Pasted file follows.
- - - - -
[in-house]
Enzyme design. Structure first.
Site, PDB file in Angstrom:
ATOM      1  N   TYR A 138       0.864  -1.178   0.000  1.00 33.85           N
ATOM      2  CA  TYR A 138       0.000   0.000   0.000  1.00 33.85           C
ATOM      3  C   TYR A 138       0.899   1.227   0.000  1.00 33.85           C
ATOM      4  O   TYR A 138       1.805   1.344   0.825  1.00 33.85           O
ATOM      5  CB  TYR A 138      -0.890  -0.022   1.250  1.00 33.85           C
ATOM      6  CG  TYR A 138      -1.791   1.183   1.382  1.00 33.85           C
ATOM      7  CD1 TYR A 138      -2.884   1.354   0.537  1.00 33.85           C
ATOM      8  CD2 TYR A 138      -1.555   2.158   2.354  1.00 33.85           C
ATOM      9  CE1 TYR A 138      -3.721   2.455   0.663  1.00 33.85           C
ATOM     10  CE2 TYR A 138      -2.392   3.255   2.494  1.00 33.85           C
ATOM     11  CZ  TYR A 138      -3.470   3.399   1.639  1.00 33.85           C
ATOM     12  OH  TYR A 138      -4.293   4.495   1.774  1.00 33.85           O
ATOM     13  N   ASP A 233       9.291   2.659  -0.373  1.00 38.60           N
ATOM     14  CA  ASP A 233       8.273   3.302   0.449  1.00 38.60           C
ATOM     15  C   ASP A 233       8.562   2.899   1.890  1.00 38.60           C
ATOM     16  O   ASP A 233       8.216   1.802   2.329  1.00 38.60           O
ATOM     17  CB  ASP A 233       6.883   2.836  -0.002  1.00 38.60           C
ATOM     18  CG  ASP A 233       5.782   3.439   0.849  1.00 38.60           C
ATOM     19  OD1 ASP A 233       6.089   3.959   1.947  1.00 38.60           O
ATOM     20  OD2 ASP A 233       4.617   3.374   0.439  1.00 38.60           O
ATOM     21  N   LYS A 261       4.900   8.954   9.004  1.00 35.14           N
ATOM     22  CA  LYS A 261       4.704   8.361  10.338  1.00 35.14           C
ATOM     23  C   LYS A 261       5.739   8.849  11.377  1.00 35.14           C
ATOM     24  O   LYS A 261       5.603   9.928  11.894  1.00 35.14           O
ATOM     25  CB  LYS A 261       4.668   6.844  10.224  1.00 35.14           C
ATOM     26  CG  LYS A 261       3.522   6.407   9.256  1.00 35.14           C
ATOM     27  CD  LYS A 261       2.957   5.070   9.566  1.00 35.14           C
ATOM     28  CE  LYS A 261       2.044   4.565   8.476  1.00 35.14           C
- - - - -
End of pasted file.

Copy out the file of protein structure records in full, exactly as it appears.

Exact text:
[in-house]
Enzyme design. Structure first.
Site, PDB file in Angstrom:
ATOM      1  N   TYR A 138       0.864  -1.178   0.000  1.00 33.85           N
ATOM      2  CA  TYR A 138       0.000   0.000   0.000  1.00 33.85           C
ATOM      3  C   TYR A 138       0.899   1.227   0.000  1.00 33.85           C
ATOM      4  O   TYR A 138       1.805   1.344   0.825  1.00 33.85           O
ATOM      5  CB  TYR A 138      -0.890  -0.022   1.250  1.00 33.85           C
ATOM      6  CG  TYR A 138      -1.791   1.183   1.382  1.00 33.85           C
ATOM      7  CD1 TYR A 138      -2.884   1.354   0.537  1.00 33.85           C
ATOM      8  CD2 TYR A 138      -1.555   2.158   2.354  1.00 33.85           C
ATOM      9  CE1 TYR A 138      -3.721   2.455   0.663  1.00 33.85           C
ATOM     10  CE2 TYR A 138      -2.392   3.255   2.494  1.00 33.85           C
ATOM     11  CZ  TYR A 138      -3.470   3.399   1.639  1.00 33.85           C
ATOM     12  OH  TYR A 138      -4.293   4.495   1.774  1.00 33.85           O
ATOM     13  N   ASP A 233       9.291   2.659  -0.373  1.00 38.60           N
ATOM     14  CA  ASP A 233       8.273   3.302   0.449  1.00 38.60           C
ATOM     15  C   ASP A 233       8.562   2.899   1.890  1.00 38.60           C
ATOM     16  O   ASP A 233       8.216   1.802   2.329  1.00 38.60           O
ATOM     17  CB  ASP A 233       6.883   2.836  -0.002  1.00 38.60           C
ATOM     18  CG  ASP A 233       5.782   3.439   0.849  1.00 38.60           C
ATOM     19  OD1 ASP A 233       6.089   3.959   1.947  1.00 38.60           O
ATOM     20  OD2 ASP A 233       4.617   3.374   0.439  1.00 38.60           O
ATOM     21  N   LYS A 261       4.900   8.954   9.004  1.00 35.14           N
ATOM     22  CA  LYS A 261       4.704   8.361  10.338  1.00 35.14           C
ATOM     23  C   LYS A 261       5.739   8.849  11.377  1.00 35.14           C
ATOM     24  O   LYS A 261       5.603   9.928  11.894  1.00 35.14           O
ATOM     25  CB  LYS A 261       4.668   6.844  10.224  1.00 35.14           C
ATOM     26  CG  LYS A 261       3.522   6.407   9.256  1.00 35.14           C
ATOM     27  CD  LYS A 261       2.957   5.070   9.566  1.00 35.14           C
ATOM     28  CE  LYS A 261       2.044   4.565   8.476  1.00 35.14           C